When I was young, I used to sit and my Nanna’s and Poppie’s house and we would listen to Lawrence Welk. They always ended the show with a song that said, “good night, sleep tight and pleasant dreams to you”. I wish that was true for my Veteran, but it is not. Nighttime is a struggle for him.
We have a nightly routine. It starts with him having a glass of milk, usually chocolate, and a cigarette or two. When we head to bed, we tuck the boys in. Mind you the boys are a large Boxer and a Pitbull. They each have a bed in our room. They are covered up with their blankets and get loving before bed. There is a window unit in our room that cools the room to 65 degrees and a box fan to drown out the noise. We live near a train track and even though our room is on the back side of the house he still can hear the train. I do not hear much other than the two dogs snoring, the fan and the AC. He can hear that train and the sound reminds him of helicopters. I never heard the train until he mentioned it. It is amazing how heightened his senses are. He hears everything.
I crawl into bed and roll over on my left side. He gets in bed next to me, says, “Goodnight beautiful”, gives me a kiss, three kisses to be exact and then it begins. The kicking off the covers to get them exactly right. He must always have a foot out from under the covers. I learned that came from him being deployed. After two or three minutes of getting adjusted he rolls over and puts his hand on my right side. He moves his fingers like he is counting my ribs. He does it to feel my breathing. I had a partially collapsed lung in January, so he always feels to see how far my lungs are expanding. I love those moments in his arms although the still and quiet does not last long.
As I lay there enjoying the peace and calmness that moment quickly fades to him fidgeting followed by a deep breath. I can usually tell his mood by his breathing. He has something on his mind if his breathing turns into five seconds of taking a breath, five seconds of holding it in and five seconds of exhaling. He calls it boxing. I like that term, although I am not sure if it is a way for him to calm down or if he is fighting something in his mind. There are times he pulls away and does not want to be touched at all. At this point he either lays on his back with his hands crossed across his chest or rolls to his left side and covers his head. I used to take this personally. I thought it was something that I did wrong, and when I got “snippy” about it an argument ensued. Trust me when I say that an argument while in bed is never a good thing. It took me a long time to realize that it was not me.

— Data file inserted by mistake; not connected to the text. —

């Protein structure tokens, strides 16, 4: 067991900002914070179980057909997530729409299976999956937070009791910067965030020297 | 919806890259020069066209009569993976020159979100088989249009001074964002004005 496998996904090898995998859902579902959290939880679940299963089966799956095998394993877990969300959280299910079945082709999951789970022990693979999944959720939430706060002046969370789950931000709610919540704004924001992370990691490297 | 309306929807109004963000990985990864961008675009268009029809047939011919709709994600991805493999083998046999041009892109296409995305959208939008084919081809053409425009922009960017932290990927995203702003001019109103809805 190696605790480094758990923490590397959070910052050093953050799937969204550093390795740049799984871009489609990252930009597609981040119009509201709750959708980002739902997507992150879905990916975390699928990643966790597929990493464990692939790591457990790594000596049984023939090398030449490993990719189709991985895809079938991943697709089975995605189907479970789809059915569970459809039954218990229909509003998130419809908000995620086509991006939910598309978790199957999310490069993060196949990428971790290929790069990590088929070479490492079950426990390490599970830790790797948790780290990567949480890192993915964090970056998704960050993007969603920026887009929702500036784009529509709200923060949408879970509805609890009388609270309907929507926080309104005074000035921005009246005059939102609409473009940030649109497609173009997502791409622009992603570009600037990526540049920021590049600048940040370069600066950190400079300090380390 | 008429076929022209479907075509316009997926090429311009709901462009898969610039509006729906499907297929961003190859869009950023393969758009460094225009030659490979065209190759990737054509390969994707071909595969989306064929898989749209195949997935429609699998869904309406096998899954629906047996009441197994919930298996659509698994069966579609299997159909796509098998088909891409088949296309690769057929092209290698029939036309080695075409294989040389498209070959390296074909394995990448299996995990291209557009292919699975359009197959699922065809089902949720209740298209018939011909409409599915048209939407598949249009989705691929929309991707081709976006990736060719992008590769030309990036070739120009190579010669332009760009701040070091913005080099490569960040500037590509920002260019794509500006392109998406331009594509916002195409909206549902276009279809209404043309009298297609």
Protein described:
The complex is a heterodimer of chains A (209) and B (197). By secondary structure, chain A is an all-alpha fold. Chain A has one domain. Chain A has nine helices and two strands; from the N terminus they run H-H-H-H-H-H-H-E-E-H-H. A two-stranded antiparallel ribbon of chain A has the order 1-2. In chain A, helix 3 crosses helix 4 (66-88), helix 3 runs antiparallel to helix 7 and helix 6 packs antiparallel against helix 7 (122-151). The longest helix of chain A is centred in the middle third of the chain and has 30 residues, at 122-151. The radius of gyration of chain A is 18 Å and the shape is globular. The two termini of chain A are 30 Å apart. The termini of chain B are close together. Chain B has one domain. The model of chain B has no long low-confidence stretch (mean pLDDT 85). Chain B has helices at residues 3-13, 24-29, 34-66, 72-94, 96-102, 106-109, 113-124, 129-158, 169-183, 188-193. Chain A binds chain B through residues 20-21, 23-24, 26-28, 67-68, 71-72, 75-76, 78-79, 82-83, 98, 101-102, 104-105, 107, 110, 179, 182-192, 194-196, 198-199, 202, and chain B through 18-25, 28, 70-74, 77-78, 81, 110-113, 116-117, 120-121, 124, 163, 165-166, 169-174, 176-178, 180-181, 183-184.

I usually fall asleep quickly. My Veteran takes much longer. Some nights it can take hours. When he falls asleep it is usually only for a few hours at a time. His nights are restless. He gets out of bed often, goes to the bathroom, smokes a cigarette or covers the dogs up again. The quiet, muffled sound of the train will wake him up. The noise from the train gets to him and he has to calm down. It may take him an hour or more to fall back to sleep. There is rarely a night that he sleeps tight all night.
This is normal for him on good nights. It is much worse on nights that he has a “date”, nights where he has a lot on his mind are difficult. They are full of night sweats, heavy sighs, and lots of tossing and turning. This constant interrupted sleep leaves him tired in the morning.
Just think about how you feel when you are tired. What if it was a daily thing? How well could you function? What would your mood be like? I cannot function on a good night’s sleep without a few cups of coffee, it would take pots of coffee for me to function without sleep.
I cannot begin to imagine this constant battle. I cannot begin to imagine what it would be like not to be able to sleep. I cannot begin to imagine always hearing noises that never become silent. All too often it is the little things that we take for granted that our Veterans can not experience. Things that they will never experience again, like a peaceful night’s sleep.